Timing is everything whether you’re a marketer or a consumer. Let’s be honest, brands miss out on business just as often as their consumers miss the right deal, but only due to bad timing. Introducing Quickerfeet, a technology that finds consumers and promotes relevant offers when the time’s right and in the right location.
“I just started bleeding & I feel fantastic!” Typical image used for feminine hygiene products.
JWT’s latest campaign for Kotex works for all the reasons the media have spelled out. But for many women it will work simply because it was created by women, and therefore makes sense. It’s not that the ads are even that hilarious – JWT could have pushed the humor further – but the campaign is market focused, clever, relevant and fresh.
Dental Spa KU64, Berlin.
“Have you had a good day?” – the bottom line is that your answer to this question rests entirely on your emotional and physical experiences since waking up this morning. Whether it be your work setting, a trip to the dentist, the production you saw last night, even your train ride home. The state of being awake is your body’s involuntary experience with the world. It moves through spaces, inside and out, in parallel with your emotional reality. Physically and emotionally you are intrinsically bound.
Sears Sky deck, Chicago
Blow in her face and she’ll follow you anywhere
This copy line for Tipalet cigarettes marketed to men, will give you a laugh! How bold we once were.
As a follow up to the last post, I came across some interesting work showcased on Lovely Package, a comprehensive and good looking packaging blog worth visiting. Check out the student designs for Nomad Self Lighting cigarettes by Matthew Smiraldo, Norway’s Andreas Fossheim’s packaging for cannabis cigarettes (if they were legal), and Derek Hunt’s packaging for X Tobacco. Cool stuff.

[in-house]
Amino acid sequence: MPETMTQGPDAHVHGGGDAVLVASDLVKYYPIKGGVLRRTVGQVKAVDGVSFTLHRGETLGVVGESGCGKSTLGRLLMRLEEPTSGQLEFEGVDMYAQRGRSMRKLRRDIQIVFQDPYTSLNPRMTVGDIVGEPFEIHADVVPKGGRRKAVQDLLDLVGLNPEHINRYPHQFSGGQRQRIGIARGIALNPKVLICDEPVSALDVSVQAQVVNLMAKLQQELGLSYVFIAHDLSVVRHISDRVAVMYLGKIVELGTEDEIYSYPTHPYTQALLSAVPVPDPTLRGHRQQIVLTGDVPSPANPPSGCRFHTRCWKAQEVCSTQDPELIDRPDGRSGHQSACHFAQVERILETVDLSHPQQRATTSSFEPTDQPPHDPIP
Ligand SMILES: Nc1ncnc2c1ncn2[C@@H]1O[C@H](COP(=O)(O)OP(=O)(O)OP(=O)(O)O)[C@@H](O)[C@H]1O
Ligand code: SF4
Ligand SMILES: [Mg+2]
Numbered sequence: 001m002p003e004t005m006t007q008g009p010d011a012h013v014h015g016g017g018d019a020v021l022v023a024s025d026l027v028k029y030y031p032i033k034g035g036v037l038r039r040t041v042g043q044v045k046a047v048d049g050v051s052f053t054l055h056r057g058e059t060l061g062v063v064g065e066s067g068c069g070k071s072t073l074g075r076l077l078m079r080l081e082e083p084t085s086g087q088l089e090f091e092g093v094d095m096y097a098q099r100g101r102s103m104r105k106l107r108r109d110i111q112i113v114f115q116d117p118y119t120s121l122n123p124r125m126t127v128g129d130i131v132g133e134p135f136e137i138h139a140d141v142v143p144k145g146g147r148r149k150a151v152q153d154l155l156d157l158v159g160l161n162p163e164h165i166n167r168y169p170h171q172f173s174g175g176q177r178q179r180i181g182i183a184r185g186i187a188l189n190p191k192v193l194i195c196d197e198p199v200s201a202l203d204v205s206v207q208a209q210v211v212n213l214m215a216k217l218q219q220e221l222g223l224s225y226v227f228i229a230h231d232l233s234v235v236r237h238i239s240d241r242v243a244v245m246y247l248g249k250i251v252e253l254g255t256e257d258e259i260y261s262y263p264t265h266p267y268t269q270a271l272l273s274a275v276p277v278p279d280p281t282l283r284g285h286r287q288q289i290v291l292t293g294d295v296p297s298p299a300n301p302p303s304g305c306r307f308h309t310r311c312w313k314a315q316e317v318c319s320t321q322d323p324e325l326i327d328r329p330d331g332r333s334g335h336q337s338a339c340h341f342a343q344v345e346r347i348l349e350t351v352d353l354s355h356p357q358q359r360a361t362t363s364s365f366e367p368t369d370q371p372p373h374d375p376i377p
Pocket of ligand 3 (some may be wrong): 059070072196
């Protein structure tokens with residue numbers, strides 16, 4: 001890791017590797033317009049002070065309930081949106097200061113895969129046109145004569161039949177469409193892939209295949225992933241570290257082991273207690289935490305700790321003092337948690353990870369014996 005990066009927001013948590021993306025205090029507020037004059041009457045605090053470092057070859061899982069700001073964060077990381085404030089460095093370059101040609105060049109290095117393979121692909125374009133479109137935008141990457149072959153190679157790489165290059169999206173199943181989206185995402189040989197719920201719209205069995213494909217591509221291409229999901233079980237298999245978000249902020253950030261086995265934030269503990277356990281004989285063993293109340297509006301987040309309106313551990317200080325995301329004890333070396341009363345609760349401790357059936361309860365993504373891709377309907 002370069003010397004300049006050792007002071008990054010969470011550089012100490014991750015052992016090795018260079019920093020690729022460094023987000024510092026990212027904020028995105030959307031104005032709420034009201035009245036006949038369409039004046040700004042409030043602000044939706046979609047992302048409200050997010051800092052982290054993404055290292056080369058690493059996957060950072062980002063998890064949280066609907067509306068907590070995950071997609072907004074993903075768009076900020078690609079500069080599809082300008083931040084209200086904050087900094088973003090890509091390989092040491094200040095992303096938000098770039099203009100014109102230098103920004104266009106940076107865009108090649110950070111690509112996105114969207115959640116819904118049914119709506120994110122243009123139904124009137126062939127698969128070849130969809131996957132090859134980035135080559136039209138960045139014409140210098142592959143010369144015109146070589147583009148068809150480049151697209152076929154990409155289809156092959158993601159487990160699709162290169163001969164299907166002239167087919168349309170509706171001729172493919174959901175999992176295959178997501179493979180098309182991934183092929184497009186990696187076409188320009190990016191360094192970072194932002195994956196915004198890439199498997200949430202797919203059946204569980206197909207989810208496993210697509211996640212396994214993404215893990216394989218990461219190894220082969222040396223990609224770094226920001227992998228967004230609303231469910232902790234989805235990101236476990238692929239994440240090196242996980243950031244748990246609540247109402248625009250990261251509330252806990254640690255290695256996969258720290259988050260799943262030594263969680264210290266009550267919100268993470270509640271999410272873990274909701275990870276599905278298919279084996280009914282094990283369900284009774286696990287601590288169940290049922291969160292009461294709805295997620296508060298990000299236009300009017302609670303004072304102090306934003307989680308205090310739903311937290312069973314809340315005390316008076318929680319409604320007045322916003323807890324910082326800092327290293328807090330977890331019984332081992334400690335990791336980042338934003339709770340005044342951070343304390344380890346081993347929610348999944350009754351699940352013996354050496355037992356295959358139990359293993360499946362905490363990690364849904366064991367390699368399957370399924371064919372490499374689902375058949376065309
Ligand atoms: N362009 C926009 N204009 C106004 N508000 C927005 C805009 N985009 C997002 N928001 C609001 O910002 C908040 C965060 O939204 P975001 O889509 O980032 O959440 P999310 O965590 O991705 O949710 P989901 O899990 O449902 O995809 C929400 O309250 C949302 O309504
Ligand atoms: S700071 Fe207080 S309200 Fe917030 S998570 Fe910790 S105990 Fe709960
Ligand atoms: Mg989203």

Australia is about to become the first country in the world to ban tobacco companies from branding their products. As of July 1, 2012, no brand images or colors will be permitted in cigarette packaging design. Additionally, there are to be restrictions introduced online plus a 25 percent hike in excise tax bringing a pack of smokes to about $A16.70 or $US15.40.
In Australia where tobacco advertising is outlawed, the government described cigarette packaging as, “one of the last remaining frontiers for cigarette advertising.” And so it looks like Prime Minister, Kevin Rudd is about to take the big boys down. Only brand and product names will be allowed using a standard color, position, font and size making cigarette packs look similar to a prescription medication.
Ben Lee – Australian singer, environmentalist
Creative people really do help make the world go round. They make us laugh, they make us inquire, they inspire and they make life worth living by challenging us to experience things differently. It is music, art, design, literature, poetry and communications in all its forms – any place where ideas are king.
Creative expression in any form permits and in fact invites us to understand our place in the world. It is where politics and real life collide peacefully. Once an artistic expression is created and shared it remains a statement of a time, a feeling, a moment, an experience for both artist and audience. It can’t be amended, overturned, re-instated or edited.
Armani’s first hotel launches tomorrow, April 27, in Dubai’s Burj Khalifa tower. The project was scheduled to launch on March 18 last month but was moved with no explanation by hotel management.
The Armani Hotel Dubai occupies ten floors of the tower (floors 1-8, 38 and 39) and offers 160 guest rooms and suites. Room prices start at $US462.90.
According to a hotel management site, www.hotelmanagement-network.com/projects/Armani/specs.html, the joint venture between Giorgio Armani and EMAAR Properties, EMAAR Hotels and Resorts Inc cost $US8billion! An extraordinary amount of money to be invested in anyone’s name and, in this case, Armani’s empire. However, the opulence will no doubt be jaw dropping to experience. The good news is that Pentagram New York created the naming, identity, visual brand positioning and marketing collateral which guarantees an aesthetic of grace and a degree of visual subtlety – www.pentagram.com/en/.
Milan is the next city in line for an Armani hotel followed by London then New York.
Paul Theroux was right when he said today in the Opinion pages of The New York Times, in his article titled, ‘Troop therapy’, “SOME pizza deliverymen are safe drivers, and though it seems incredible given the recent news to the contrary, some clergymen are pious, some politicians monogamous and some car dealers honest. There are ethical Boy Scout masters, too. Yet nothing is so satisfying to the lazy mind as news that reinforces a negative stereotype.”
Boy Scouts of America, FlagBoy